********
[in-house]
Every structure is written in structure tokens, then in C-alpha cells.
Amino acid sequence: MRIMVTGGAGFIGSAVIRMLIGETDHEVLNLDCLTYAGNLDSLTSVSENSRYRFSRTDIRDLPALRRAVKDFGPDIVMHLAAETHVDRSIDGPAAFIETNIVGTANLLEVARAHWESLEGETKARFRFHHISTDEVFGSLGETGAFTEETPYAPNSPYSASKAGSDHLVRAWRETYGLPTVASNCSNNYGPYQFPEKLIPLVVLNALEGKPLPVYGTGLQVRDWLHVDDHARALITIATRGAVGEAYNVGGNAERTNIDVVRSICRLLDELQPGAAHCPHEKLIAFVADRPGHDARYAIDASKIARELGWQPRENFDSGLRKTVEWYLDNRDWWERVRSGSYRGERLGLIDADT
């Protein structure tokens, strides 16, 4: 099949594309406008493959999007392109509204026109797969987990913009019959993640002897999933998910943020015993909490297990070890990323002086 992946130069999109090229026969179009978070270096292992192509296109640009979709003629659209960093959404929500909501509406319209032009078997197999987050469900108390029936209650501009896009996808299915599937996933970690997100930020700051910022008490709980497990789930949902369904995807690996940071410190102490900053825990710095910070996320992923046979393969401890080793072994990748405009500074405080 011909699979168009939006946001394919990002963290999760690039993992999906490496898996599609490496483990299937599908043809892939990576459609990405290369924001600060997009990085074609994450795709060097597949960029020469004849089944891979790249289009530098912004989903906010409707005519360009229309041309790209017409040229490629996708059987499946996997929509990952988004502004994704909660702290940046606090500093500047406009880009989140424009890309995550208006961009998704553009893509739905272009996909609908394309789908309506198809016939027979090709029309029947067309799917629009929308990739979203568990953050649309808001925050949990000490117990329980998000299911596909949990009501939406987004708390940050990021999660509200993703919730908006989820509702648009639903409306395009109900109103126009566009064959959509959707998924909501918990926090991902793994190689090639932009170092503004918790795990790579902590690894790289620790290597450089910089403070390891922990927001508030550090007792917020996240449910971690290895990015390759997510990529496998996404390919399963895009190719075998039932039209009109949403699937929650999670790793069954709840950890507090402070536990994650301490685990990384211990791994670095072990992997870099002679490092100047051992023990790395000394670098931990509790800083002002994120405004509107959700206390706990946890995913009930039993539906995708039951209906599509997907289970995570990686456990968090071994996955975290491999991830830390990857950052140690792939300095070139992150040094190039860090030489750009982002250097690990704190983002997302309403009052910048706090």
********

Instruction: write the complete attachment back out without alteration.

[in-house]
Every structure is written in structure tokens, then in C-alpha cells.
Amino acid sequence: MRIMVTGGAGFIGSAVIRMLIGETDHEVLNLDCLTYAGNLDSLTSVSENSRYRFSRTDIRDLPALRRAVKDFGPDIVMHLAAETHVDRSIDGPAAFIETNIVGTANLLEVARAHWESLEGETKARFRFHHISTDEVFGSLGETGAFTEETPYAPNSPYSASKAGSDHLVRAWRETYGLPTVASNCSNNYGPYQFPEKLIPLVVLNALEGKPLPVYGTGLQVRDWLHVDDHARALITIATRGAVGEAYNVGGNAERTNIDVVRSICRLLDELQPGAAHCPHEKLIAFVADRPGHDARYAIDASKIARELGWQPRENFDSGLRKTVEWYLDNRDWWERVRSGSYRGERLGLIDADT
């Protein structure tokens, strides 16, 4: 099949594309406008493959999007392109509204026109797969987990913009019959993640002897999933998910943020015993909490297990070890990323002086 992946130069999109090229026969179009978070270096292992192509296109640009979709003629659209960093959404929500909501509406319209032009078997197999987050469900108390029936209650501009896009996808299915599937996933970690997100930020700051910022008490709980497990789930949902369904995807690996940071410190102490900053825990710095910070996320992923046979393969401890080793072994990748405009500074405080 011909699979168009939006946001394919990002963290999760690039993992999906490496898996599609490496483990299937599908043809892939990576459609990405290369924001600060997009990085074609994450795709060097597949960029020469004849089944891979790249289009530098912004989903906010409707005519360009229309041309790209017409040229490629996708059987499946996997929509990952988004502004994704909660702290940046606090500093500047406009880009989140424009890309995550208006961009998704553009893509739905272009996909609908394309789908309506198809016939027979090709029309029947067309799917629009929308990739979203568990953050649309808001925050949990000490117990329980998000299911596909949990009501939406987004708390940050990021999660509200993703919730908006989820509702648009639903409306395009109900109103126009566009064959959509959707998924909501918990926090991902793994190689090639932009170092503004918790795990790579902590690894790289620790290597450089910089403070390891922990927001508030550090007792917020996240449910971690290895990015390759997510990529496998996404390919399963895009190719075998039932039209009109949403699937929650999670790793069954709840950890507090402070536990994650301490685990990384211990791994670095072990992997870099002679490092100047051992023990790395000394670098931990509790800083002002994120405004509107959700206390706990946890995913009930039993539906995708039951209906599509997907289970995570990686456990968090071994996955975290491999991830830390990857950052140690792939300095070139992150040094190039860090030489750009982002250097690990704190983002997302309403009052910048706090």